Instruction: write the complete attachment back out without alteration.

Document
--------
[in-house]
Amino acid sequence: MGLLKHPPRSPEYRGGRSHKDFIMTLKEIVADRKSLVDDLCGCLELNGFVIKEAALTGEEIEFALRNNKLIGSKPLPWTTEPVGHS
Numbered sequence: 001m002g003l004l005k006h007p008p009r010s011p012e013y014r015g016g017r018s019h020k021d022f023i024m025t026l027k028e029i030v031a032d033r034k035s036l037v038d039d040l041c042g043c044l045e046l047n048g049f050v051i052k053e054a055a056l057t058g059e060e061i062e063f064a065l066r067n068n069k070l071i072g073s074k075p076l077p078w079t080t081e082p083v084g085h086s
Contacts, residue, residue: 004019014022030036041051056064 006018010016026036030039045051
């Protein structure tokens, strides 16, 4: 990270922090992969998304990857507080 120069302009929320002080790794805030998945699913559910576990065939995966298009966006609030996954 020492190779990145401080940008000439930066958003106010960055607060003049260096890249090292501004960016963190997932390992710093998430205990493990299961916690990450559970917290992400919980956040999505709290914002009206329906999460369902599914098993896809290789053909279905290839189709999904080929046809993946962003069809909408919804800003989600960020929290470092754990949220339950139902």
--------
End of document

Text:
[in-house]
Amino acid sequence: MGLLKHPPRSPEYRGGRSHKDFIMTLKEIVADRKSLVDDLCGCLELNGFVIKEAALTGEEIEFALRNNKLIGSKPLPWTTEPVGHS
Numbered sequence: 001m002g003l004l005k006h007p008p009r010s011p012e013y014r015g016g017r018s019h020k021d022f023i024m025t026l027k028e029i030v031a032d033r034k035s036l037v038d039d040l041c042g043c044l045e046l047n048g049f050v051i052k053e054a055a056l057t058g059e060e061i062e063f064a065l066r067n068n069k070l071i072g073s074k075p076l077p078w079t080t081e082p083v084g085h086s
Contacts, residue, residue: 004019014022030036041051056064 006018010016026036030039045051
């Protein structure tokens, strides 16, 4: 990270922090992969998304990857507080 120069302009929320002080790794805030998945699913559910576990065939995966298009966006609030996954 020492190779990145401080940008000439930066958003106010960055607060003049260096890249090292501004960016963190997932390992710093998430205990493990299961916690990450559970917290992400919980956040999505709290914002009206329906999460369902599914098993896809290789053909279905290839189709999904080929046809993946962003069809909408919804800003989600960020929290470092754990949220339950139902």